Posted on 23 Sep 2013

Neglect at Royal Cornwall Hospital

Michelmores' Oliver Thorne comments on the reported failures at the hospital, and considers how best to get answers in situations of this kind.

The background

Negligent hospital care has left a man too weak for the surgery that could save his life, according to the Cornish Guardian. Gordon Tift, who entered hospital for surgery to remove heart blockages and have angioplasty on his legs and groin, suffered such poor treatment that hospice care may now be the only course of action available to him.

Having been told that cardiac surgery was imperative, 69-year-old Tift then waited for nearly 12 weeks while his condition gradually deteriorated. A litany of other failings, including poor hygiene and allowing him to develop pressure sores, has led Tift's daughter Deborah to fear that he may not leave hospital alive. 

It has been alleged that, during his stay at the Royal Cornwall, he was also prescribed a morphine overdose leading to kidney damage. He was fed in unsanitary conditions, and at one point developed an E. coli infection.

Seeking amends

These are pretty egregious failings, and really encapsulate a lot of the work of a clinical negligence team. What makes this so shocking is the systematic nature of the neglect; a trail of events which, in and of themselves, might not have been catastrophic, but which add up to a situation where a person's life is in danger. This tells you that the hospital suffers from institutional problems, and that is dangerous.

What concerns me is that some of these failings are 'never' events: care failings so damaging, and so preventable, that they simply shouldn't happen. Bed sores and certain kinds of morphine overdose fall into this category, and it isn't just a sensationalist naming exercise - never events are a symptom, a warning sign that a hospital needs serious change, and not just convenient tweaks behind closed doors.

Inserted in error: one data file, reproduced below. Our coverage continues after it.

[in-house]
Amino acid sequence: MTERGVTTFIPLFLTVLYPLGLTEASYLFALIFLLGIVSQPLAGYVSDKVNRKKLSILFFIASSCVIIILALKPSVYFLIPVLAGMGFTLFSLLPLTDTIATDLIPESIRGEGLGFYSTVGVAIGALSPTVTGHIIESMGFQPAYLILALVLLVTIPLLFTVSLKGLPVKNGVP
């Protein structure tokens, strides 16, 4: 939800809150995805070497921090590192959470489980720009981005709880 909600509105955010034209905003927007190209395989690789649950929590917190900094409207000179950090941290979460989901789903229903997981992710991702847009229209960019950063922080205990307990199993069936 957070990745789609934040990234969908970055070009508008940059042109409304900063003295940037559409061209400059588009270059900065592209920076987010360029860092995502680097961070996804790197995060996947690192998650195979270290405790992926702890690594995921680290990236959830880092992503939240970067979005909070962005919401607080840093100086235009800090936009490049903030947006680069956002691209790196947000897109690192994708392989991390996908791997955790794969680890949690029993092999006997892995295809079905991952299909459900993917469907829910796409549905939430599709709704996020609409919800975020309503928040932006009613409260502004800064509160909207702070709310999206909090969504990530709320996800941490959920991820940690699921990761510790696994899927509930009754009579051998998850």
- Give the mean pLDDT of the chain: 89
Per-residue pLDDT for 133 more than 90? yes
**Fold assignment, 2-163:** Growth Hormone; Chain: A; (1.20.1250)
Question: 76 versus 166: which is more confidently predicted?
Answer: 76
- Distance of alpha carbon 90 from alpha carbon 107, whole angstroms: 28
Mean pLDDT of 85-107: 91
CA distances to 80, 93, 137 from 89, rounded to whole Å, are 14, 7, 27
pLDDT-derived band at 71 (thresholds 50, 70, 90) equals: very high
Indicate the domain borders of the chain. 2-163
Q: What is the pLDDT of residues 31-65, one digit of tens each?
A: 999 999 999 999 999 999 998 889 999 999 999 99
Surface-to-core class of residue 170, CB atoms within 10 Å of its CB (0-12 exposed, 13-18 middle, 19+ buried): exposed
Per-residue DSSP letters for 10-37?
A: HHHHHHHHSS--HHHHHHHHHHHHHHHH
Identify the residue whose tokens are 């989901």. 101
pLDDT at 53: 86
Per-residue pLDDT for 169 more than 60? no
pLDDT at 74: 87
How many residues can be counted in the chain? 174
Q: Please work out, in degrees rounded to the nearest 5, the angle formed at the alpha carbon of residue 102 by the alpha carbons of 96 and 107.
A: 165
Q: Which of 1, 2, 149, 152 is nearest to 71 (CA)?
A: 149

Often in these kinds of cases, what the claimant really wants is an admission of liability and an apology, although hospital trusts are often very reluctant to provide this. A negligence claim can bring you closer to that aim, as the work of the solicitors helps to uncover the real detail behind the failings. We try to serve a dual purpose: helping a claimant find redress for the harm they've suffered, while also holding a mirror up to the medical profession, asking questions of it, showing it where it needs to change.

It can be a difficult road for the person making a claim, and we try to make that as easy as possible. It isn't about bashing the NHS, because we know the kinds of constraints they operate under; but, ultimately, patients need to feel that their consultants and nurses are accountable, and that wrongs of the kind we've seen at Royal Cornwall are put right, insofar as they can be.

To read Michelmores' commentary on 'never' events, click here.

To see the news Cornish Guardian's news article on Gordon Tift, click here.

If you would like to discuss a claim relating to negligent hospital treatment, you can call our specialist clinical negligence team free for discreet, impartial advice.